“When you have a tangled title, and L&I [the city’s Department of Licenses and Inspections] is about to tear down your property, and you don’t have money for an attorney, how do you fight that?”

“With Project Rehab, I don’t work for investors looking to buy properties,” he said. “I work for the person, the estate, or the nonprofit that already owns it.”

Tattoo artist Justin Turkus began looking for rental space to open a private studio in West Philly in 2020. “Ryan was a resource for me as I navigated … the process of opening my business,” he said in an email.

“His feedback helped me understand the city’s procedures,” he said. “Ryan’s motivation was to assist my business. He followed up with me throughout the process.”

His approach relies on deep knowledge of the neighborhood, due diligence, and what he called “special sauce” — a knack for connecting people with information, expertise, and each other.

Spak devised the strategy while being interviewed for a managerial job with the district 11 years ago; he didn’t get the position, but he was offered a short-term consulting contract to pilot a blight-fighting approach he suggested.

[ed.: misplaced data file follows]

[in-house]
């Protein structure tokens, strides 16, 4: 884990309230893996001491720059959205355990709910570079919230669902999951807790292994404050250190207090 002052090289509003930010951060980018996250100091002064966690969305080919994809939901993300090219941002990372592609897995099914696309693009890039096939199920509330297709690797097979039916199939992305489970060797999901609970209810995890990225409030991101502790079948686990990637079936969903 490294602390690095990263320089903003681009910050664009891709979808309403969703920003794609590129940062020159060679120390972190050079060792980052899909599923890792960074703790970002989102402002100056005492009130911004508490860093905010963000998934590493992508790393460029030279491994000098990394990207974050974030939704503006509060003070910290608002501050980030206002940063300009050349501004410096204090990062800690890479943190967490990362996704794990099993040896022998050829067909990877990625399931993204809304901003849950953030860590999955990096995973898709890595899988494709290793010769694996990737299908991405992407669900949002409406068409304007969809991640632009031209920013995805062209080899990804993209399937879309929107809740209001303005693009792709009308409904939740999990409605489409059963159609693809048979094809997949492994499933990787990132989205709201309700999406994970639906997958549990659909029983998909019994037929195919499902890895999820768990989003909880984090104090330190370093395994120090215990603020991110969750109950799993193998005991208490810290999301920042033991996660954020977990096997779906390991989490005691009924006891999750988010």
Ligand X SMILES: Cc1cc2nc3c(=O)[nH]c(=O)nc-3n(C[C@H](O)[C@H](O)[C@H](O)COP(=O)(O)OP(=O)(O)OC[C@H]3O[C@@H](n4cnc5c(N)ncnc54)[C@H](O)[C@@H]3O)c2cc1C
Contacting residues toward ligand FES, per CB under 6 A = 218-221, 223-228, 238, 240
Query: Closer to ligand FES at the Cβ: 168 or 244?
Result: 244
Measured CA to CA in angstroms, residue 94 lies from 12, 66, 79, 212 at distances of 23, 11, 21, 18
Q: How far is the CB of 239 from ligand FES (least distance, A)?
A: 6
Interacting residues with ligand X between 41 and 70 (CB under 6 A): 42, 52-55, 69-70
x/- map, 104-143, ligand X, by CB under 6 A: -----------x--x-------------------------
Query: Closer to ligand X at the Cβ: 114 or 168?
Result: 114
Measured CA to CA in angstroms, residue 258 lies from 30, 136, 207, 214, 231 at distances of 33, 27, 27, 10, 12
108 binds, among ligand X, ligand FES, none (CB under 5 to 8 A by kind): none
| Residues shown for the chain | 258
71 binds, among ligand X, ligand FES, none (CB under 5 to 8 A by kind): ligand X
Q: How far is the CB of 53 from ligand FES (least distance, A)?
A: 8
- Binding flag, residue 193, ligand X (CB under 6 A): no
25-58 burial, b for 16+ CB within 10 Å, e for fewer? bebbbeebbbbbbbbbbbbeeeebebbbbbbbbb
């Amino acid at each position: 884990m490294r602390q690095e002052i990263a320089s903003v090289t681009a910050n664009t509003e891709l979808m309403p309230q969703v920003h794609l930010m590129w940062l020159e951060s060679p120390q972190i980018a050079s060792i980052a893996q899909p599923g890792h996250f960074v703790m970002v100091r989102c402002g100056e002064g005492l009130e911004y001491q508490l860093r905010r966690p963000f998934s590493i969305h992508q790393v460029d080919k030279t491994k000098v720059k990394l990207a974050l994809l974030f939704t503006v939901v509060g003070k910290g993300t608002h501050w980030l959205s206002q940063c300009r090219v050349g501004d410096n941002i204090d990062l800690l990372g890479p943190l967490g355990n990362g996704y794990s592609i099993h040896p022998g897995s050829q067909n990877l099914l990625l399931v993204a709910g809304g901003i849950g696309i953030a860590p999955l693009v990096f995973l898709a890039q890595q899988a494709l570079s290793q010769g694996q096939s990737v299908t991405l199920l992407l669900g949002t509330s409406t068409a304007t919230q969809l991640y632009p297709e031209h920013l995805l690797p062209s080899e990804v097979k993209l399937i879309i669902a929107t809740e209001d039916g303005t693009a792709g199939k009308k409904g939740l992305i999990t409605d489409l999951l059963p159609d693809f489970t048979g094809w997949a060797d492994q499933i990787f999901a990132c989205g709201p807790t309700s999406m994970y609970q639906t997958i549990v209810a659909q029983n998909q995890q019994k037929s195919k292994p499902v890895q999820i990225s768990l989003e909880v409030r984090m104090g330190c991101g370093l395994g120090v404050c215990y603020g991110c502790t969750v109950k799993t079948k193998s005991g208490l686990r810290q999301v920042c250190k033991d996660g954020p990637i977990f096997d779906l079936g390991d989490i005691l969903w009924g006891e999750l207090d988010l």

One of his first challenges was a vacant, fire-damaged house on Catherine Street near 50th.

“The owner had no insurance, was in the middle of a bankruptcy,” Spak said. “These sorts of compressed and compiled issues on a single property occur way more often than I ever expected, and they can become overwhelming to an owner.”

The Catherine Street house was eventually saved, but Spak describes his “first win” as a 49th Street triplex that had been used for storage and had partially collapsed.

“L&I sought to demolish the property,” he said. “I notified the out-of-town owner and sprung into action to file an injunction to stop the demolition.” After being stabilized and sold in 2011 by the owner for $68,000, the house has since been renovated and was later listed for sale at nearly $500,000.

“I’ve knocked on doors to find neighbors who might know what happened to the owner of a vacant house,” Spak said. “In one case, where I couldn’t [ascertain] when an owner had died, I went to the cemetery to confirm the date of death.”

Spak lives in Overbrook Farms with his wife Jessica, a grants administrator, and their 6-year-old daughter, Charlotte.

He grew up loving ‘80s music and movies (he has the collections to prove it) and remembers both his parents dabbling in real estate. His father, who was a teacher, is deceased; his mother, Marsha, “an incredible entrepreneur,” is his business partner in the Spak Group.

He got bitten by the real estate bug as a Temple student in the late 1990s.

“It didn’t make any sense to me that gorgeous homes [near the campus] were vacant,” Spak said. “I came to believe that no homes should be vacant. That was the spark.”